So morbid as this may sound, To Death, the ultimate change agent, and to Mr. Steve Jobs, inventor and himself a powerful change agent. He had herded me, like a docile lamb, into his elegant and user-friendly pasture. And there – or here, I should say, as I am typing this upon my angel Macbook, I will stay.

I Agree Entirely. But stop? Never.

“I wonder, too, if this insistence on the improving qualities of our baptismal dips into the waters of literature does not blind us to the real thrill of reading; the recurrent reason why we come back for more, remember, quote, argue, share our experience of books? For me, reading needs to be justified not in terms of some notional moral benefit but – that more dangerous and enticing category – pleasure. I read because I love to read, because, in the company of a book, I am happy, engaged, and inexorable. This may well be bad for me, as selfish pursuits often are: taking me out of contact with my nearest and dearest, making me shirk obligations from washing up to keeping up. “I am reading! Leave me alone!” is the mantra of every true reader.

“Leave me alone. I’m trying to figure it out.”

 “So reading is an uncertain basis for the building of character. I am less ambivalent about writing. My writing, anyway. It has become increasingly clear to me over these last 10 years, in which I have written more regularly than before, that the more I write the worse I become. More self-absorbed, less sensitive to the needs of others, less flexible, more determined to say what I have to say, when I want and how I want, if I could only be left alone to figure it out.”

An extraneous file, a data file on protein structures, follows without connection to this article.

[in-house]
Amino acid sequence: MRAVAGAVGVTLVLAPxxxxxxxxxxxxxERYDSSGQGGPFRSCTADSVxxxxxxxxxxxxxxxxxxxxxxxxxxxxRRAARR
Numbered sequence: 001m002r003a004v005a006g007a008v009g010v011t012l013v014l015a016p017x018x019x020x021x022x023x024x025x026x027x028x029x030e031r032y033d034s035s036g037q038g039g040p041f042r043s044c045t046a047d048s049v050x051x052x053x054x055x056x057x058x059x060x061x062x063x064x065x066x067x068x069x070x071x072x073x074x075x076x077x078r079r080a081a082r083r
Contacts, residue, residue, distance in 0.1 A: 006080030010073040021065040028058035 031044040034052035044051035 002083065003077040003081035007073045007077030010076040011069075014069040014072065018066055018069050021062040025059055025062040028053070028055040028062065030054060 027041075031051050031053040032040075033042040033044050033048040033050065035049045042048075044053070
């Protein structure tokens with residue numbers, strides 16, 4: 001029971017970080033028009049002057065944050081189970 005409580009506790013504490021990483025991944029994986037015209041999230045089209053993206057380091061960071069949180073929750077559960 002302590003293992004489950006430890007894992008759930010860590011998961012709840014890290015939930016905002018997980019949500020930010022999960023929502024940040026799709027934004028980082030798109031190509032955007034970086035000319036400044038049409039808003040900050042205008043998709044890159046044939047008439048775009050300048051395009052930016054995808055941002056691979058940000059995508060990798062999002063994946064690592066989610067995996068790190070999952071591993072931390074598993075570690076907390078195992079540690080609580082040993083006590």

– Rick Gekoski, “Writing is Bad For You”

Some People Do It Better: Richard Ford

Finished The Sportswriter . It’s been a while since I’ve read a novel, I felt, that so clearly sums up what I’ve always suspected. I’m not a man, not a sportswriter, have never lost a child nor been divorced and I hope to God I never will – but Bascombe and I – is this the writer’s connection? – definitely see eye to eye on many things. Maybe it has something to do with where you are in life – I’m 25, 15 years younger than Frank Bascombe’s 40, but isn’t it a fact of life that women reach these conclusions much earlier than men do, and even if men get there first, they don’t really know they’ve arrived until someone (usually a woman) points it out to them. This seems to be the case for Bascombe, even though he doesn’t say, or refuses to.

I’ve put the book down on my reread list. I’ll pick it up again when I’m forty to see if I still agree. I have a hunch I will. Someone less careful would write it off as cynicism: “Bascombe thinks like this because he’s divorced, can’t find love, has lost a son, is not passionate about his job…” Regardless, he sees life lived, he wonders, is amazed in an understated way people generally wouldn’t categorize as such. But even if my lips are pursed and my eyes seem unfocused, I’m still awed by the sheer force of life. Where it does and does not take us.

Why I love airports, hotels, traveling: